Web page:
Everybody's Golf, or Hot Shots Golf in the US, has been a long running franchise spanning the whole PlayStation family, and has always held its own with a steady stream of quality titles. The most recent edition being Everybody's Golf 2 for the PSP, which thankfully matches the quality standard of the franchise well, and is still as accessible as ever for newcomers to the series.
The gameplay system in place is highly polished and even more refined than previous iterations. When golfing, the d-pad is used to aim in the direction you want to hit the ball, with left and right pointing in each direction, and up and down zooming in or out so you can see further unto the field. Pressing the triangle button will also zoom towards the location you're aiming at, so you can get a better picture on where the ball will land. The circle button will zoom you backwards, and X will reset the camera position. The left and right shoulder buttons are used to switch the clubs you're using which in turn dictates how far the ball will be hit in yards. The square button is used for 'power' shots, though you have a limited number of these, so they're to be used wisely.
Once you've set up your shot and have reset the camera position, the X button is used to make your shot. A small bar will appear on the bottom of the screen, where pressing X again at a certain time in the bar will dictate how powerful your shot is. Upon hitting X, the bar will retract and in order to get the best possible shot, you have to hit the X button again in a little area highlighted by a white bar. This white bars width is also dependent on what ground type you're hitting the ball off, so skilful timing becomes a necessity in order to play in a consistent manner.
The controls are tight and easy to learn, which in turn compliments the polished nature of the gameplay. It's an extremely accessible and addictive system, especially with the enormous number of unlockables. In the single player 'Challenge Mode', you go through a series of different events, the main being a nine hole tournament, where you play on various courses and aim to achieve the highest score, with bonus points given if certain conditions are met.
The events are separated in three segments: Head, Body and Accessories, with each winning you outfits of those respective segments. The outfits aren't just for style, as they also give you minor status boosts, such as a power boost in your shots or a better spin, adding some light RPG elements to the game.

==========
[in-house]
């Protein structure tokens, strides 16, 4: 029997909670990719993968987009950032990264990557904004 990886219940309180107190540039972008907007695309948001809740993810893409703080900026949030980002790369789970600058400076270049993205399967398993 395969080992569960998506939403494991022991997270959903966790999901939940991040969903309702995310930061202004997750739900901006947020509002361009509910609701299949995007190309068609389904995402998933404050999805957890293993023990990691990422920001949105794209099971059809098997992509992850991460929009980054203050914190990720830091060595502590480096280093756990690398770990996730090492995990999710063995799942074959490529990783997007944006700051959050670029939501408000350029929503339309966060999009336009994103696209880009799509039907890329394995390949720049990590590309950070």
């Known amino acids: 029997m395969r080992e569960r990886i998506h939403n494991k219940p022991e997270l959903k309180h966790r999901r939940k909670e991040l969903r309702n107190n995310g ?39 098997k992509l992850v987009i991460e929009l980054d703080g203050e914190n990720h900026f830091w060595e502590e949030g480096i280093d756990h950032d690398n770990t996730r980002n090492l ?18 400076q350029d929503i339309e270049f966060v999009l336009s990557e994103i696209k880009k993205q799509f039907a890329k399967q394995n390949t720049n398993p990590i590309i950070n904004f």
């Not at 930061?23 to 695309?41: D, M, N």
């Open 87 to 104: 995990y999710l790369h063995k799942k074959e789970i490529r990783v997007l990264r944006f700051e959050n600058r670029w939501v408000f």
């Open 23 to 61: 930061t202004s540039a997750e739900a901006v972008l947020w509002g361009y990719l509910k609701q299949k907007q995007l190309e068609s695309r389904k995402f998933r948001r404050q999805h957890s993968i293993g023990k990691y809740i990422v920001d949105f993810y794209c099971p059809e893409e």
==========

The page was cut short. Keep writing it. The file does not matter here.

Apart from the tournaments, you'll unlock versus modes after a while, where you take on another golfer in a one on one, with that golfer being unlocked as a playable character assuming you win. There are a total of twenty characters and twelve courses, so unlocking all of them is no easy feat.
There is also a loyalty meter in play, which basically rewards and 'levels up' if you continue to stick with one character. Constant improvements will be given out, and they can be in any form, being it new outfits or a status boost.
Visually, Everybody's Golf 2 is pleasing on the eyes, with a clean and vibrant look with simple but charming character models. The courses are well defined so it's not hard to distinguish between certain grass types and such, which is important in a game where ground types can turn the tide in a match. Though it's lacking in high detail models and pales in comparison to visually intense games such as God of War: Chains of Olympus, there's an undeniable charm to the overall look. It does a fine job and there are only small loading times when transitioning to other courses.
On the audio side, Everybody's Golf 2 has quite possibly one of the happiest soundtracks in a game to date. Quirky tunes are constantly played in the background, whether it be in the menu system or while in a match. It sets the mood for the game and fits the style perfectly. Audio cues from characters are fairly minimal, with your caddie probably having the most dialogue, though this can get a little annoying sometimes, with her constant "OH NO" yelps when you've shot into a bad area. It doesn't exactly aid in soothing frustration, so it tends to grate over time. Overall though, the sound is pleasant and does what it's intended to do, and helps keep the happy and relaxing tone of the game.
In a market filled with many deep and involving games for the PSP, Everybody's Golf 2 is a great chill out from all the bigger titles and is fantastic for bite sized gaming on the go, or for the truly dedicated, play sessions going into the hours. With an enormous number of unlockables, online multiplayer with up to sixteen players, and an addictive and polished gameplay system, Everybody's Golf 2 is a great game to sink your teeth into. It may be awfully similar to its previous iteration, but for the dedicated fans and newcomers, Everybody's Golf 2 is a worthy addition to your PSP collection.